All of a sudden, the doctrines of the church that those before us died to protect become obtuse, and the psychological jargon of our times becomes more palatable. The language of the gospel gets hijacked in order to teach personal fulfillment. That is what much of the Christian best seller list has come to, anyway. Many of the top-selling Christian books appear to have a high view of Scripture, but, once you get past the sparkling endorsements and attractive cover design, they teach extrabiblical revelation, mysticism, New Age spirituality, the prosperity gospel, or just plain bad exposition. These are not harmless books.
The evangelical culture has stereotyped women. So much of what is marketed as Christian literature reminds me of the airbrushed, digitally doctored, duct-taped cover models. The truth isn’t good enough, so it gets a new spin. And then it sells. But is it still truth? Christians are responsible to be discerning readers, to separate the truth from the lie. Why should women be less responsible? Instead, discernment has become just as unappealing as the truth it stands up for. It seems that we have entered an era of what I call Pinterest Christianity.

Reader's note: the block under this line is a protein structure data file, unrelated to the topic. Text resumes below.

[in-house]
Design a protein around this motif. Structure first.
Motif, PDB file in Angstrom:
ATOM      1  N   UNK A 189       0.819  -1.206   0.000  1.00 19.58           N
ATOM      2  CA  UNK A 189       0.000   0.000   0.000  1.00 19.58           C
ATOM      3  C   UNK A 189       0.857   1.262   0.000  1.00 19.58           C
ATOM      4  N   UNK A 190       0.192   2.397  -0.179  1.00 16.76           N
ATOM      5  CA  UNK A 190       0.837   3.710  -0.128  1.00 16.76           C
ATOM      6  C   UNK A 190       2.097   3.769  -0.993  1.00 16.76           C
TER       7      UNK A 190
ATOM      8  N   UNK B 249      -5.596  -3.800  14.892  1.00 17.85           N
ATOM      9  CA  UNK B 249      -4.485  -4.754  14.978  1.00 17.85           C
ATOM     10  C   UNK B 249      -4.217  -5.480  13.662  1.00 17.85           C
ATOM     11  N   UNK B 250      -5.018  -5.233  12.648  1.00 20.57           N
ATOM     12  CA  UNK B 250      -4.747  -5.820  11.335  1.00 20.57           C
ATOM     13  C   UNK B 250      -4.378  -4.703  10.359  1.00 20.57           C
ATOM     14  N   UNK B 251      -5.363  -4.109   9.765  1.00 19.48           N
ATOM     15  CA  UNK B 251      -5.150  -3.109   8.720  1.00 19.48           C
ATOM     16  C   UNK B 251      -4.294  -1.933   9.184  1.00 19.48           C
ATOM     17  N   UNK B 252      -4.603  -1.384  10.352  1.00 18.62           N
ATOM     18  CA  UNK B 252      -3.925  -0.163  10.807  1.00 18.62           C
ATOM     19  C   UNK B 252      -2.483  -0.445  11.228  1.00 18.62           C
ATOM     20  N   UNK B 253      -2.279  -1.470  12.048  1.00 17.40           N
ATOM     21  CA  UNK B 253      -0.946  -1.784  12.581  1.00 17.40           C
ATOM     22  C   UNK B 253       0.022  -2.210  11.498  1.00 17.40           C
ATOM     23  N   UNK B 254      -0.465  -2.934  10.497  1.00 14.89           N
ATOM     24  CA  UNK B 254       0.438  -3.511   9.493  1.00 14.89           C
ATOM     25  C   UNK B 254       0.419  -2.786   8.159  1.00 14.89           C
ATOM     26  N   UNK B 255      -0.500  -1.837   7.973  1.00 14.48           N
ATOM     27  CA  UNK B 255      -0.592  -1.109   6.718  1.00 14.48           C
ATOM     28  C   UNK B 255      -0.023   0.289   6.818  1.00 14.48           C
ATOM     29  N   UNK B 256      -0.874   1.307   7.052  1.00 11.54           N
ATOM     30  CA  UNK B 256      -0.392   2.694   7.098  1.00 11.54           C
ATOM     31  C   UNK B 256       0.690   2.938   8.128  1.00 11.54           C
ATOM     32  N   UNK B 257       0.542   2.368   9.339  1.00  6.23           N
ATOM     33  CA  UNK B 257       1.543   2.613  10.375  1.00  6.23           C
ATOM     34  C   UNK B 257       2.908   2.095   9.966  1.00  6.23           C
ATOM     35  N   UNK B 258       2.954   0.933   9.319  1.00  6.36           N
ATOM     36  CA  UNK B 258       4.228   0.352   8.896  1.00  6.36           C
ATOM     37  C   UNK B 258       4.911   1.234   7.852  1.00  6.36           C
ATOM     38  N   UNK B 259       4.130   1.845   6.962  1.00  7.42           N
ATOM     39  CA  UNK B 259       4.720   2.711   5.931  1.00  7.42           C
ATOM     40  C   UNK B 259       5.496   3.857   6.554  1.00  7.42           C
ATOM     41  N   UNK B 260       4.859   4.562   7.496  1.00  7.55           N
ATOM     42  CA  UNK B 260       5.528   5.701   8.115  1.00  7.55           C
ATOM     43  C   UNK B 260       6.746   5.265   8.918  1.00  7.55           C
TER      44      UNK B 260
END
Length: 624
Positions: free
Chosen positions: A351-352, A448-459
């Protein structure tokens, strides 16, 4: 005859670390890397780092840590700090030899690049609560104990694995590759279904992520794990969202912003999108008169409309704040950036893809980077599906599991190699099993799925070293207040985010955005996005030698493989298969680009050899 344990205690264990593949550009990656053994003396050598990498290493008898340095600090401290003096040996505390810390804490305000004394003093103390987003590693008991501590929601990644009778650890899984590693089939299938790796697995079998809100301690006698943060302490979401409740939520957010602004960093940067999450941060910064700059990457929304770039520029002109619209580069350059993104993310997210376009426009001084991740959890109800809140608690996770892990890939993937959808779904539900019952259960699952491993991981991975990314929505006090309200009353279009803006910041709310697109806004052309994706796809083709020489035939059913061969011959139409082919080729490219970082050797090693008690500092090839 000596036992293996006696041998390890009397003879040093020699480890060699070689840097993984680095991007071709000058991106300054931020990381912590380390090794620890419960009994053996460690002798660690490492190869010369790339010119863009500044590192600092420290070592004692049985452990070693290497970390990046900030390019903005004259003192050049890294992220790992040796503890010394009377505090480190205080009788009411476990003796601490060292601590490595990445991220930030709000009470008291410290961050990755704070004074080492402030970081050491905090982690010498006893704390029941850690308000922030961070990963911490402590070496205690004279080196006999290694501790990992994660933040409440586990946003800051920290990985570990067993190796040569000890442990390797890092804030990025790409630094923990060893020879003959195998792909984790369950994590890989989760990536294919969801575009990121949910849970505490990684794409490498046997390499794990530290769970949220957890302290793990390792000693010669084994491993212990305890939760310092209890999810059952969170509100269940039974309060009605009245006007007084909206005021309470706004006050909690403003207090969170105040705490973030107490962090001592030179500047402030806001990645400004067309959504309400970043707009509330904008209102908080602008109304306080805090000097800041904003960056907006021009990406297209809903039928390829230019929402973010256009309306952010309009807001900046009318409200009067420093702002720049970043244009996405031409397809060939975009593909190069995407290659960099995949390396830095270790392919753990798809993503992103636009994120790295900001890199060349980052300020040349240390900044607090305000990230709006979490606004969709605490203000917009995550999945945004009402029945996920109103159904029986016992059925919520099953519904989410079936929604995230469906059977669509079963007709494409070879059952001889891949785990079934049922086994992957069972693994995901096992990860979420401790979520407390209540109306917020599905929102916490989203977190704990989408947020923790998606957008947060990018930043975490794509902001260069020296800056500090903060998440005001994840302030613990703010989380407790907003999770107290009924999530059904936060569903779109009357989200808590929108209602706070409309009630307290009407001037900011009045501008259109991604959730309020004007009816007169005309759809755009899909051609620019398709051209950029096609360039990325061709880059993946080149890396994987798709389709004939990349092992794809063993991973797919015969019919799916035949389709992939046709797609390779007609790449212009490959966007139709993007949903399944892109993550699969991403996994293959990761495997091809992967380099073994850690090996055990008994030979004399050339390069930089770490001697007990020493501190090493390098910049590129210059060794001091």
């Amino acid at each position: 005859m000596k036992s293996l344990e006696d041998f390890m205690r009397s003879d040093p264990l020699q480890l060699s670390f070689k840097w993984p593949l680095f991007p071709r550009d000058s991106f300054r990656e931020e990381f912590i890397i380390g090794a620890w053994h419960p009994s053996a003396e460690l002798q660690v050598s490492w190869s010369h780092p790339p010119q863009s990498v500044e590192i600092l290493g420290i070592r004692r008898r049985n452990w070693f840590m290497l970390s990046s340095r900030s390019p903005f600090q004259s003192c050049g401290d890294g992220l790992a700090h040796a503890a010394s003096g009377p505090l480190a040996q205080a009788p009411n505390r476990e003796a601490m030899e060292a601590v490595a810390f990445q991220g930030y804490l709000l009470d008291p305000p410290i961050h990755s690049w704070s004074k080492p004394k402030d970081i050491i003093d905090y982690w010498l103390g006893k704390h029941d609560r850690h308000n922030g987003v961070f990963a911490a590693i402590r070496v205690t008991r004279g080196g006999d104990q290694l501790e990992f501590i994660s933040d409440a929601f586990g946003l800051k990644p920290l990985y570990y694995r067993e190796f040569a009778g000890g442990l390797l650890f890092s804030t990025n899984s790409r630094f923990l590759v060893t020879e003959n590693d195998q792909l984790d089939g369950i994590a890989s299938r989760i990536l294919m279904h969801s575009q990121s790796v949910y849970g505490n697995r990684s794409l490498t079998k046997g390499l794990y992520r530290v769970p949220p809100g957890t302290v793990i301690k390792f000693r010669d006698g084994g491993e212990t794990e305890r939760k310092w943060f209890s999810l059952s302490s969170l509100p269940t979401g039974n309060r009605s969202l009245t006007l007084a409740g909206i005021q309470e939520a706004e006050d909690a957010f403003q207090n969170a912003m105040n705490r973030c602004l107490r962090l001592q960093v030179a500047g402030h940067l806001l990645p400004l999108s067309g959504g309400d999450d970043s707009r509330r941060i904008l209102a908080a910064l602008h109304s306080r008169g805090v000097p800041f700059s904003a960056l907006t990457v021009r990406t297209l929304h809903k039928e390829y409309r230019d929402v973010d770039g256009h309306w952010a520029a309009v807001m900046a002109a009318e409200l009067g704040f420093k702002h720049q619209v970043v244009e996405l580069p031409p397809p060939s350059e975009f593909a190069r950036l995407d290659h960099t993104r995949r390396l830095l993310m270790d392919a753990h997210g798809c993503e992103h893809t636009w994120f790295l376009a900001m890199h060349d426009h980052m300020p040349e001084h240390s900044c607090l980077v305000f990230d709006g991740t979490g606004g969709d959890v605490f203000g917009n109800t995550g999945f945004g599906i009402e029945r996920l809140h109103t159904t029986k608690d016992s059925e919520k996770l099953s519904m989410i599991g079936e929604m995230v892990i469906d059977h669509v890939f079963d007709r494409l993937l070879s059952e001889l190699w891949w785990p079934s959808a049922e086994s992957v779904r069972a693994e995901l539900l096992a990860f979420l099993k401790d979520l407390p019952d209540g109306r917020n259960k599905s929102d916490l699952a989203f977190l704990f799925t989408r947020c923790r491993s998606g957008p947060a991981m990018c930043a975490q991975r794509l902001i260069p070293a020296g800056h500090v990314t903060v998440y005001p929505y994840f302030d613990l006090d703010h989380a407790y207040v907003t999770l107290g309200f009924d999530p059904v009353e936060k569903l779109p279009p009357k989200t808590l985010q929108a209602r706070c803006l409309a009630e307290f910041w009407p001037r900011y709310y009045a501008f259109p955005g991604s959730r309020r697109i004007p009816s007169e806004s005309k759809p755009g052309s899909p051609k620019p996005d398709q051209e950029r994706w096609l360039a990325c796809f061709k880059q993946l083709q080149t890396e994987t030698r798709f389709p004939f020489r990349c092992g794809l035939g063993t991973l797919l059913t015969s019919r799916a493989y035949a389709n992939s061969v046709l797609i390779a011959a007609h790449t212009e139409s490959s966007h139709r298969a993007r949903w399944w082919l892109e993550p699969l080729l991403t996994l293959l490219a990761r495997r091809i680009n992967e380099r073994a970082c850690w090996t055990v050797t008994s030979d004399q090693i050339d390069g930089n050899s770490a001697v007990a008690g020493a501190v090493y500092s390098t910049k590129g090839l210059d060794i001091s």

We can take a Bible verse and paint it on stair risers. We can put together super-cute baptismal ceremonies with dramatic sandbag candles. We can distract people from our potentially offensive doctrines by offering our own homemade remedy and marketing it in a trendy Mason jar. We can take an Old Testament prophet and turn him into a poster boy for a great diet plan. We’ve become brilliant at taking the old and making it new again. We unleash the ordinary with sparkling promise that goes viral. And followers are giddy with the new revelation. Don’t get me wrong. I’m not knocking Pinterest. I happen to love it. But we shouldn’t take this whimsical approach to our theology. We need to love God’s truth for what it is—all of it. Because he is good.
—Aimee Byrd. No Little Women: Equipping All Women in the Household of God (Kindle Locations 1426-1470). P&R Publishing. Kindle Edition.